War-torn Ukraine sending 87 rescuers to Turkey after deadly earthquake
Ukraine said Tuesday that it would send a search and rescue team of several dozen skilled emergency workers to Turkey after an 7.8 magnitude earthquake that left thousands dead.
Kyiv will send a team of the State Emergency Service consisting of 87 people, including 10 flight crew members, to the country to "help eliminate the consequences" of the natural disaster, according to Ukraine’s Cabinet office website.
On Tuesday, President Volodymyr Zelenskyy issued a separate decree instructing his Cabinet to "ensure the provision of humanitarian aid to Turkey."
Zelenskyy shared on social media that he "expressed condolences" to Turkish President Recap Tayyip Erdogan over "the tragedy that befell the people due to the earthquakes."
Rescue teams carry out searches through the rubble of collapsed buildings on February 9, 2023 in Kahramanmaras, Turkey. (Photo by Aziz Karimov/Getty Images)
He continued, "I informed of the decision to send a group of rescuers and equipment to help in overcoming the aftermath. They will soon arrive in affected regions."
Jordan, which borders Syria, also says it will dispatch planes loaded with search-and-rescue equipment, tents and medical supplies, along with 99 rescuers and five doctors to assist relief efforts in Turkey and Syria, according to The Associated Press.
A search and rescue team from Ukraine is on the way to Turkiye after earthquakes hit the country's Southeastern provinces, in Kyiv, Ukraine on February 07, 2023. (Photo by Ukrainian State Emergency Service / Handout/Anadolu Agency via Getty Images)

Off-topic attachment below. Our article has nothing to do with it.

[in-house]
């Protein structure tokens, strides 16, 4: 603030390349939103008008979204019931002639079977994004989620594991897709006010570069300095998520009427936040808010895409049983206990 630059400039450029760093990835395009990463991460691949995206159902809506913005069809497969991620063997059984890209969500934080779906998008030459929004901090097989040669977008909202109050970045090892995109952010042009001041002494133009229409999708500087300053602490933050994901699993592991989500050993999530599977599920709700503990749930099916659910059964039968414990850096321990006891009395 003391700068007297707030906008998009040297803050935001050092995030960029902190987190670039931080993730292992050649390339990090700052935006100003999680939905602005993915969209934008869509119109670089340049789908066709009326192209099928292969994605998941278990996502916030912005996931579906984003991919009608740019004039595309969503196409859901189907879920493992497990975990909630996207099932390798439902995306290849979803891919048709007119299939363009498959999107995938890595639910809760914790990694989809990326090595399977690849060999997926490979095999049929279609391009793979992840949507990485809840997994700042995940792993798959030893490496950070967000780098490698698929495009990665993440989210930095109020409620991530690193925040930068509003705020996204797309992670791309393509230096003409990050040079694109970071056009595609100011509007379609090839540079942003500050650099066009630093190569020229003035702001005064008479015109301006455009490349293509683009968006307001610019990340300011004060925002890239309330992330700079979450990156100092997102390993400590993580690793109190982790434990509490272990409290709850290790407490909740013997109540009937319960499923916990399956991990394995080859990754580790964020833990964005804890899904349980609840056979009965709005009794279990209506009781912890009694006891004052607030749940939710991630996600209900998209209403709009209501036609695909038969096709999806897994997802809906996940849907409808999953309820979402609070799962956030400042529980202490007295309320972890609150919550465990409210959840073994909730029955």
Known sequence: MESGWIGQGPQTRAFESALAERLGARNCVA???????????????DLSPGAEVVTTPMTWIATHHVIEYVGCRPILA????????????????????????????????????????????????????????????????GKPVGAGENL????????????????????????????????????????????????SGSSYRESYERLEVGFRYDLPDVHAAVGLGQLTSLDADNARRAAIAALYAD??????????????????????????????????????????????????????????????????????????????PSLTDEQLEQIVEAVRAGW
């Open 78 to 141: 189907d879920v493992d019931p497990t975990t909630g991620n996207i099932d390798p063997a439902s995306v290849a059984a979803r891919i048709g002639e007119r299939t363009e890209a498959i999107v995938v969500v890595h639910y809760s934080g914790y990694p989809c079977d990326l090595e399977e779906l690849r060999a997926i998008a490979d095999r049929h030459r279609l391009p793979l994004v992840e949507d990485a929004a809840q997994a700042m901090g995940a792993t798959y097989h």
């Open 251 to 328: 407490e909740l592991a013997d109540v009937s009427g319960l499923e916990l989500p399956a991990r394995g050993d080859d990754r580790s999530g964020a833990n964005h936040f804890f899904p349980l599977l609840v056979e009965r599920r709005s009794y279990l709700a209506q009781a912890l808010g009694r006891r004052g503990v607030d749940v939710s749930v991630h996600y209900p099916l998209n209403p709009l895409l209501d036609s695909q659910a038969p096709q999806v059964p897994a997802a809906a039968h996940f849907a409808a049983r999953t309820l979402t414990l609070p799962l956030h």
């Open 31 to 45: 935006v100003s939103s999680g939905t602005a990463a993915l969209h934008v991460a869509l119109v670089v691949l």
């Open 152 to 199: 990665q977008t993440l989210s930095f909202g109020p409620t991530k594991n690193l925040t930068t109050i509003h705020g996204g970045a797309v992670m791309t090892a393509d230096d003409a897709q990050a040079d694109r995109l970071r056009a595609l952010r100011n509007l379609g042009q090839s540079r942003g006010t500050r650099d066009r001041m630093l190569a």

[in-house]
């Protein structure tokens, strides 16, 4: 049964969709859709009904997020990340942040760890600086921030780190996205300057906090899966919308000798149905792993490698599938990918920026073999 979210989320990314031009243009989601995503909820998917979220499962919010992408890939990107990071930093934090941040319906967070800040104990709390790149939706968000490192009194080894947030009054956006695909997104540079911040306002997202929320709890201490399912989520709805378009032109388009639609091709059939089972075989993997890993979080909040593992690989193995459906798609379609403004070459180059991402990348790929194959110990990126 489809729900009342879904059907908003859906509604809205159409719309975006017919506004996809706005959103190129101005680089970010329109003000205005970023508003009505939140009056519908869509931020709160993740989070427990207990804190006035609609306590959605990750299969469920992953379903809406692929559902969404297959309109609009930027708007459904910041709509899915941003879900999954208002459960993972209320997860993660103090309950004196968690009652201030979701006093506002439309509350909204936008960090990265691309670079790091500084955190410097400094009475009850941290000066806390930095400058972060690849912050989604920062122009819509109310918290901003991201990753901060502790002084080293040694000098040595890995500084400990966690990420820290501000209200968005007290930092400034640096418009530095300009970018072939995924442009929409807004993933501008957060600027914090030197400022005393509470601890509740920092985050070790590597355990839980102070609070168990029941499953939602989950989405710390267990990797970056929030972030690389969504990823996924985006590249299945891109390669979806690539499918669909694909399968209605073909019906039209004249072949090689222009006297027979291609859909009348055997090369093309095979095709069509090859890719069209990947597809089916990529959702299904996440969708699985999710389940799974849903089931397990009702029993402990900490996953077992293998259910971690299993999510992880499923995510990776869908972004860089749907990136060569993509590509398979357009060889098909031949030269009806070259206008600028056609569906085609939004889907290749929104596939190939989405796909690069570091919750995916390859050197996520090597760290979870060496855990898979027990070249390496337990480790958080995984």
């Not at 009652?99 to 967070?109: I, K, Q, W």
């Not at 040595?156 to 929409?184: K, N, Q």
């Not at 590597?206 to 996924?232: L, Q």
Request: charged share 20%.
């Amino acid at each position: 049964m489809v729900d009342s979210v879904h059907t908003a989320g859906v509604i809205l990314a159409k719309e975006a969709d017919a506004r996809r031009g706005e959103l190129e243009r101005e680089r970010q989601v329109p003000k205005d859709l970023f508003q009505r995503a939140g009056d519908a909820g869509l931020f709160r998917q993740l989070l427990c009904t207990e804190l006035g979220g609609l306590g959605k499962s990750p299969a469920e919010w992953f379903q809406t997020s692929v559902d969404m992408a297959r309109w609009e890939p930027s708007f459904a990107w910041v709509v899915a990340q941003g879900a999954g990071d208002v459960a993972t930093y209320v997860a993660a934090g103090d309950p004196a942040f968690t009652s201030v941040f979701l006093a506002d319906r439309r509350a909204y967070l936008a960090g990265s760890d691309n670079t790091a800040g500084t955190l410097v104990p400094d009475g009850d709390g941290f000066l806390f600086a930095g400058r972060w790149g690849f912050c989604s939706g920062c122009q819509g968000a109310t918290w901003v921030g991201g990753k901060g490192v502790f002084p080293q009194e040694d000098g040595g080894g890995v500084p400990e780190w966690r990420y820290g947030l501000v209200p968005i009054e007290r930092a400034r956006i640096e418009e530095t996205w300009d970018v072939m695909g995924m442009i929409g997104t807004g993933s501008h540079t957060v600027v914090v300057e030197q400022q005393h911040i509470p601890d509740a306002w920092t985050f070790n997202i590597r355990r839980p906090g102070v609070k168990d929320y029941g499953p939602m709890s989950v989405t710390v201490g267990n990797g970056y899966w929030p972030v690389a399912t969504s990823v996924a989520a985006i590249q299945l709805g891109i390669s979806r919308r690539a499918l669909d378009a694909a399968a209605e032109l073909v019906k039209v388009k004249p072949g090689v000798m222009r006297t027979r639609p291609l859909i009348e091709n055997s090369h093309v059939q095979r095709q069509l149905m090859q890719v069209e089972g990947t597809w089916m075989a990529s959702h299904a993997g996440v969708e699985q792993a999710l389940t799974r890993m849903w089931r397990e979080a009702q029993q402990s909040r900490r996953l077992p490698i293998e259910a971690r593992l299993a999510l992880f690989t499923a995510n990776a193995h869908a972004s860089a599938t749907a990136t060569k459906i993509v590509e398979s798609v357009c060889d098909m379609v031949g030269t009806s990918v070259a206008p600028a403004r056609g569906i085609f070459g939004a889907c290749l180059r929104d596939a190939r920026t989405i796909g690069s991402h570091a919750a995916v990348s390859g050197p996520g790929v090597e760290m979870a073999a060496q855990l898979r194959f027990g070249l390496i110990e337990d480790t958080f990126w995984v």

The country’s royal charity organization says it has been liaising with Syrian and Turkish authorities about the delivery of supplies to meet the countries’ urgent needs.
RELATED: Survivors of Turkey, Syria earthquake struggle to stay warm and fed
As of Thursday, the earthquake has left more than 19,300 dead across Turkey and Syria, surpassing a 2011 earthquake and tsunami that killed 18,400 in Japan, the AP also reported.
Winter weather and damage to roads and airports have hampered the response in both countries. Some in Turkey have complained the response was too slow — a perception that could hurt Tayyip Erdogan at a time when he faces a tough battle for reelection in May.
King Philippe meets with the President of Ukraine Volodymyr Zelensky on Feb. 2, 2023 in Brussels, Belgium. ( Photo by Pool / Photonews via Getty Images)
Ukraine’s response comes as the war between the country and Russia continues.
Zelenskyy visited the United Kingdom Wednesday, where he urged lawmakers to send warplanes to Ukraine ahead of his visit with King Charles III.
"Today I will have the honor to be received by His Majesty the King," Zelenskyy said while addressing both Houses of Parliament and U.K. Prime Minster Rishi Sunak. "It will be a truly special moment for me, for our country.
Zelenskyy has repeatedly called for fighter jets since the war took off nearly one year ago, but he has renewed his efforts for increased air defense as a major Russian offensive looms.
This story was reported from Los Angeles. The Associated Press and FOX News contributed.